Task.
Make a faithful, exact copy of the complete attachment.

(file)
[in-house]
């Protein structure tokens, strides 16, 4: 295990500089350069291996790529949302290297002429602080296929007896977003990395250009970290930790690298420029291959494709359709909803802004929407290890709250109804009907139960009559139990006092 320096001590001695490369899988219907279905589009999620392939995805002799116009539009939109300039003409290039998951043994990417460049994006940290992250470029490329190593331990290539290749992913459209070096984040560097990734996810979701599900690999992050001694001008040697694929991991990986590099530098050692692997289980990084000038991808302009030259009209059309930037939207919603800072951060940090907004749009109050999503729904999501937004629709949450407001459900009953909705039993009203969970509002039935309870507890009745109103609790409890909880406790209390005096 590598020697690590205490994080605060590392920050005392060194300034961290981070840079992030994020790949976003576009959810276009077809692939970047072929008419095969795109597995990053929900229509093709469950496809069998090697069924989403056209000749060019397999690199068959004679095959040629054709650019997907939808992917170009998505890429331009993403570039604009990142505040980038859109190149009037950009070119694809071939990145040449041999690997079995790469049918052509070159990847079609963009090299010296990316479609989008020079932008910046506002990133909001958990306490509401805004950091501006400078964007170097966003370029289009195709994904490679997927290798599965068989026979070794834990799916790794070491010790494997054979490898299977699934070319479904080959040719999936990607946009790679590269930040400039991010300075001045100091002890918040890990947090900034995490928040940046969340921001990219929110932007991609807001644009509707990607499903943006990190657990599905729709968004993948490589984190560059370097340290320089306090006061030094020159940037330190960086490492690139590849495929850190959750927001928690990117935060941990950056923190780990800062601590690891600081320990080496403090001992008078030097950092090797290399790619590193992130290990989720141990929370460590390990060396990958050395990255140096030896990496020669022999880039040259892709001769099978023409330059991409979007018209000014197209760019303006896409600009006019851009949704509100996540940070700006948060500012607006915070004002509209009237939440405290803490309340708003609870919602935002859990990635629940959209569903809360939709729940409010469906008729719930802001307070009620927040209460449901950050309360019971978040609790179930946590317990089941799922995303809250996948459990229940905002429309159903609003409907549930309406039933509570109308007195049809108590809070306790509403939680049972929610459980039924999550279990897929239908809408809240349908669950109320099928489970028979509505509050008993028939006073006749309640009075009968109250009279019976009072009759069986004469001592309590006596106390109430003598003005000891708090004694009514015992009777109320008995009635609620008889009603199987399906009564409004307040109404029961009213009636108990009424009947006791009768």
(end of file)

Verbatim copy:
[in-house]
């Protein structure tokens, strides 16, 4: 295990500089350069291996790529949302290297002429602080296929007896977003990395250009970290930790690298420029291959494709359709909803802004929407290890709250109804009907139960009559139990006092 320096001590001695490369899988219907279905589009999620392939995805002799116009539009939109300039003409290039998951043994990417460049994006940290992250470029490329190593331990290539290749992913459209070096984040560097990734996810979701599900690999992050001694001008040697694929991991990986590099530098050692692997289980990084000038991808302009030259009209059309930037939207919603800072951060940090907004749009109050999503729904999501937004629709949450407001459900009953909705039993009203969970509002039935309870507890009745109103609790409890909880406790209390005096 590598020697690590205490994080605060590392920050005392060194300034961290981070840079992030994020790949976003576009959810276009077809692939970047072929008419095969795109597995990053929900229509093709469950496809069998090697069924989403056209000749060019397999690199068959004679095959040629054709650019997907939808992917170009998505890429331009993403570039604009990142505040980038859109190149009037950009070119694809071939990145040449041999690997079995790469049918052509070159990847079609963009090299010296990316479609989008020079932008910046506002990133909001958990306490509401805004950091501006400078964007170097966003370029289009195709994904490679997927290798599965068989026979070794834990799916790794070491010790494997054979490898299977699934070319479904080959040719999936990607946009790679590269930040400039991010300075001045100091002890918040890990947090900034995490928040940046969340921001990219929110932007991609807001644009509707990607499903943006990190657990599905729709968004993948490589984190560059370097340290320089306090006061030094020159940037330190960086490492690139590849495929850190959750927001928690990117935060941990950056923190780990800062601590690891600081320990080496403090001992008078030097950092090797290399790619590193992130290990989720141990929370460590390990060396990958050395990255140096030896990496020669022999880039040259892709001769099978023409330059991409979007018209000014197209760019303006896409600009006019851009949704509100996540940070700006948060500012607006915070004002509209009237939440405290803490309340708003609870919602935002859990990635629940959209569903809360939709729940409010469906008729719930802001307070009620927040209460449901950050309360019971978040609790179930946590317990089941799922995303809250996948459990229940905002429309159903609003409907549930309406039933509570109308007195049809108590809070306790509403939680049972929610459980039924999550279990897929239908809408809240349908669950109320099928489970028979509505509050008993028939006073006749309640009075009968109250009279019976009072009759069986004469001592309590006596106390109430003598003005000891708090004694009514015992009777109320008995009635609620008889009603199987399906009564409004307040109404029961009213009636108990009424009947006791009768």